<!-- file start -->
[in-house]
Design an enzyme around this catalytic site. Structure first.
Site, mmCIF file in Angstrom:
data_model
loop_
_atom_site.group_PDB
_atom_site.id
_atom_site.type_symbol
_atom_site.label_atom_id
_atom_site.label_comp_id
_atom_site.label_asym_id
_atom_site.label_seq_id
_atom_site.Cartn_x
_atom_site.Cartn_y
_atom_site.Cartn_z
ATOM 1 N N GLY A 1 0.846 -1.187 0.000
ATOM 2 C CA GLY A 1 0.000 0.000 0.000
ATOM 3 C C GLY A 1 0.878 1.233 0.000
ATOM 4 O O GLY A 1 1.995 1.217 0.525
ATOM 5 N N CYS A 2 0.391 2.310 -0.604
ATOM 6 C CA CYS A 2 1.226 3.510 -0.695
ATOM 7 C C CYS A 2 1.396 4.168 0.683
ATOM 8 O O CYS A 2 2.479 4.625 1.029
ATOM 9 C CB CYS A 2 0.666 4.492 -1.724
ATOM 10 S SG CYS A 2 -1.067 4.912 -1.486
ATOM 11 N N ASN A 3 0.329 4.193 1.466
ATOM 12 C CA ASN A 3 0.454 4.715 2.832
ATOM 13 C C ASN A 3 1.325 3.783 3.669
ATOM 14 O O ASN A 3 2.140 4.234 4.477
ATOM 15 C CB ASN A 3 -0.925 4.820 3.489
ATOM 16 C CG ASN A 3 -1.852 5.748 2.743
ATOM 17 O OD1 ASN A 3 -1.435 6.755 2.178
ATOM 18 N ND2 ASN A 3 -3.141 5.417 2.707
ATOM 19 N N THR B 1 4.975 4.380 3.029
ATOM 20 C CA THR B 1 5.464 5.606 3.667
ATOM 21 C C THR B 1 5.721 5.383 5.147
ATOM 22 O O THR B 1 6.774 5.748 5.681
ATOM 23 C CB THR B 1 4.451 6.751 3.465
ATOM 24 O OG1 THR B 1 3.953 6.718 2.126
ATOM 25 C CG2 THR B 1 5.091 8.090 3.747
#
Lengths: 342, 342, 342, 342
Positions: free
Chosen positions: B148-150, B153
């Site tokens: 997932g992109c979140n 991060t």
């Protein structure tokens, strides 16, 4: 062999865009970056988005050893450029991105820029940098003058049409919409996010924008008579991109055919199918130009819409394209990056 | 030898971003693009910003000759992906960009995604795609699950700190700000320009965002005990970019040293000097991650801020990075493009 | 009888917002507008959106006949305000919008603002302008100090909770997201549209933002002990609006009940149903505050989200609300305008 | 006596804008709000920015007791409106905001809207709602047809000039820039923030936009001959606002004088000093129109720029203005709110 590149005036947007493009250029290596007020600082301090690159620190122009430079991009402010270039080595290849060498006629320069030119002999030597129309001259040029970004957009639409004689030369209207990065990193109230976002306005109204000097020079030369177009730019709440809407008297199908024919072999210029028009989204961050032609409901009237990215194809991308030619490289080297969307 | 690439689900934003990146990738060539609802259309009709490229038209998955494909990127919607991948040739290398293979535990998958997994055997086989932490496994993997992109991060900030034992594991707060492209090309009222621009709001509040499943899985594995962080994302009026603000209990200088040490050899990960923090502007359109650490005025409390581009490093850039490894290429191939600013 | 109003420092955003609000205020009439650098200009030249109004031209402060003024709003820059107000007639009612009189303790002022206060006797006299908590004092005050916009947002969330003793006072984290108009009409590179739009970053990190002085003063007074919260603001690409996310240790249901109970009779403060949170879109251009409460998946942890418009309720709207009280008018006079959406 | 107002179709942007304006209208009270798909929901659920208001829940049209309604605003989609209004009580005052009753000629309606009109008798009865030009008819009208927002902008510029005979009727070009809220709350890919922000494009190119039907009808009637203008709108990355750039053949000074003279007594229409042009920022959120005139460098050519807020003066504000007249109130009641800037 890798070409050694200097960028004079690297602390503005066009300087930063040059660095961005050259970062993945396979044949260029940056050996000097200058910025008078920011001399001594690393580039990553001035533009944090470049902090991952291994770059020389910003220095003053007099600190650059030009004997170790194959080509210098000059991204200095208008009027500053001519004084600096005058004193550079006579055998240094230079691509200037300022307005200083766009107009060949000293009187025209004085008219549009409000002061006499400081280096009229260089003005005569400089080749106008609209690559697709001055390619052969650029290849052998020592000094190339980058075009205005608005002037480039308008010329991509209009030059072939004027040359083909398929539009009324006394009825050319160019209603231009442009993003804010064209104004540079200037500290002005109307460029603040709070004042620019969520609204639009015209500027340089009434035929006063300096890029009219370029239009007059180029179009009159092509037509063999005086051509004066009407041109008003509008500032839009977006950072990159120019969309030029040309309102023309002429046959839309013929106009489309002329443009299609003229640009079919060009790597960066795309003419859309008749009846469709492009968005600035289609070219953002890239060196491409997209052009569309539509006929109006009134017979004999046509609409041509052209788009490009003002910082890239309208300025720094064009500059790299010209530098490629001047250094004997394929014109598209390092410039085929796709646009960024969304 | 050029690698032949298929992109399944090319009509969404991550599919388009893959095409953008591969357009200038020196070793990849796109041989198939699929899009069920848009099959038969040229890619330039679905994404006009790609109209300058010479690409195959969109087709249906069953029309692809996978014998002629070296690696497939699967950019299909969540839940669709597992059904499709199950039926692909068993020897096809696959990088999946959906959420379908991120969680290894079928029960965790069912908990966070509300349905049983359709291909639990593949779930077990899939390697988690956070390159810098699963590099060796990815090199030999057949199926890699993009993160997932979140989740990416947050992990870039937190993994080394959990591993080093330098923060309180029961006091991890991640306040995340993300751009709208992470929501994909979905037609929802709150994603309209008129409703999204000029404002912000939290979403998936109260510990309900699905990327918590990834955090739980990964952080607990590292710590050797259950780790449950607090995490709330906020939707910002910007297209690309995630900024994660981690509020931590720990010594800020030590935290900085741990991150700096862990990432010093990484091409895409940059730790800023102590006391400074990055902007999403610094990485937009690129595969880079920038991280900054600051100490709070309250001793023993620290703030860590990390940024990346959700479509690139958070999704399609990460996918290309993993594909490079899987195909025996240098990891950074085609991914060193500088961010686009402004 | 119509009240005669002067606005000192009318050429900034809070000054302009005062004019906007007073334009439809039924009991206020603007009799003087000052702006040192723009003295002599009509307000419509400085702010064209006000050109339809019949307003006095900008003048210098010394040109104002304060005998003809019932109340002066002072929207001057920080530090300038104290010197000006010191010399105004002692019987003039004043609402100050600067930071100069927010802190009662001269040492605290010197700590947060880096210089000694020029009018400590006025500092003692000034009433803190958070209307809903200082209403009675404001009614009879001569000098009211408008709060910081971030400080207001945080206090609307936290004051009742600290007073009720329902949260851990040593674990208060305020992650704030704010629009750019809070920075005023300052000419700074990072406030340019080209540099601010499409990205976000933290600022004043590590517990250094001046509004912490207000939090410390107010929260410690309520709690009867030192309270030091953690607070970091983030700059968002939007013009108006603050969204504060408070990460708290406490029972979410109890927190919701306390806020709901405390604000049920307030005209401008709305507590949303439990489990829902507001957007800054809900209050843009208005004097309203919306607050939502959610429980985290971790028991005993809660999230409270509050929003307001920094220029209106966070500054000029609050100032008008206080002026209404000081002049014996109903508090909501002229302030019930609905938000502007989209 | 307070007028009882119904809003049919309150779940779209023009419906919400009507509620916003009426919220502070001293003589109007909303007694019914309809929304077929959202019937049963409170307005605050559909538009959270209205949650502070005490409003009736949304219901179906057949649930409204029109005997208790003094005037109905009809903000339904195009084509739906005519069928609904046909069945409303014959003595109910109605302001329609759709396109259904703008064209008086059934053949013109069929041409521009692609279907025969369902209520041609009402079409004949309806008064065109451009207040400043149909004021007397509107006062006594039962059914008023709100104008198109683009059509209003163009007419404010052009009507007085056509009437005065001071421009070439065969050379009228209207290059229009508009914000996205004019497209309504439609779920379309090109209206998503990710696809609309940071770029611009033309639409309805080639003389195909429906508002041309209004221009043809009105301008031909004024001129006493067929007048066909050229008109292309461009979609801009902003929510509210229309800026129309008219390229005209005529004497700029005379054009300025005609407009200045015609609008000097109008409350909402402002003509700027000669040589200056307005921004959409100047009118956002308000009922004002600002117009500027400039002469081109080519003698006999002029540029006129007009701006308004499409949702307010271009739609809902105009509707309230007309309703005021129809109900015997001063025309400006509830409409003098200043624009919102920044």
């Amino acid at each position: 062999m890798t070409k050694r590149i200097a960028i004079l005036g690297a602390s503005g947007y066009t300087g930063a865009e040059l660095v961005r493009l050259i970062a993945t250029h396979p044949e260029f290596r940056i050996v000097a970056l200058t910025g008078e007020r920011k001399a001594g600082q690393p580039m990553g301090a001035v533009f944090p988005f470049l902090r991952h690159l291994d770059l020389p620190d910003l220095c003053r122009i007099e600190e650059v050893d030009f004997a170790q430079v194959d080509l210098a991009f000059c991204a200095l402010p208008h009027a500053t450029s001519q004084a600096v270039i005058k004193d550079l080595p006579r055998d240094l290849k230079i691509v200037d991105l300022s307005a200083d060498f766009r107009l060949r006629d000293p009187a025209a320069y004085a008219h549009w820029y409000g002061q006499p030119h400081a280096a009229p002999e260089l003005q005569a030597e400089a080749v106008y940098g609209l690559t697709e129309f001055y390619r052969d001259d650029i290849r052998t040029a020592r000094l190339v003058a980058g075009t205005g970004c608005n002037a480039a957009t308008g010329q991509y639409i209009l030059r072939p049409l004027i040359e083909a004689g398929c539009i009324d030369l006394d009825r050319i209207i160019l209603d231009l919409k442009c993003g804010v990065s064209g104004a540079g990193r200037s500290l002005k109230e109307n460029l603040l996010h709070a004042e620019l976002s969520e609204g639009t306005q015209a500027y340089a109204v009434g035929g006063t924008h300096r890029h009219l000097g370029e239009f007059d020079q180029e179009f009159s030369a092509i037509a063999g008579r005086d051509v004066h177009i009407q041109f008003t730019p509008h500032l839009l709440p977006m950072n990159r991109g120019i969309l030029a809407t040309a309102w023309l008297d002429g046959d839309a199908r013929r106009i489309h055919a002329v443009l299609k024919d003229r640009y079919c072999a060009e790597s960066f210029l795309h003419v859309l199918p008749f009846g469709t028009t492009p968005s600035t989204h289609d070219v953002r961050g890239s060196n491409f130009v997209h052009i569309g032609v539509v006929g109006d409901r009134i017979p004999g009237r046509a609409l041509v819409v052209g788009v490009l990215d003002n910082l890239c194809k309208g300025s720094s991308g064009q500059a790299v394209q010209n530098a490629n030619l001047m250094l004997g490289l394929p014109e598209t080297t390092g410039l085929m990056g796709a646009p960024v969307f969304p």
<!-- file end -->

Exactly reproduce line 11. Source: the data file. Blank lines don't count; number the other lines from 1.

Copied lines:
_atom_site.label_asym_id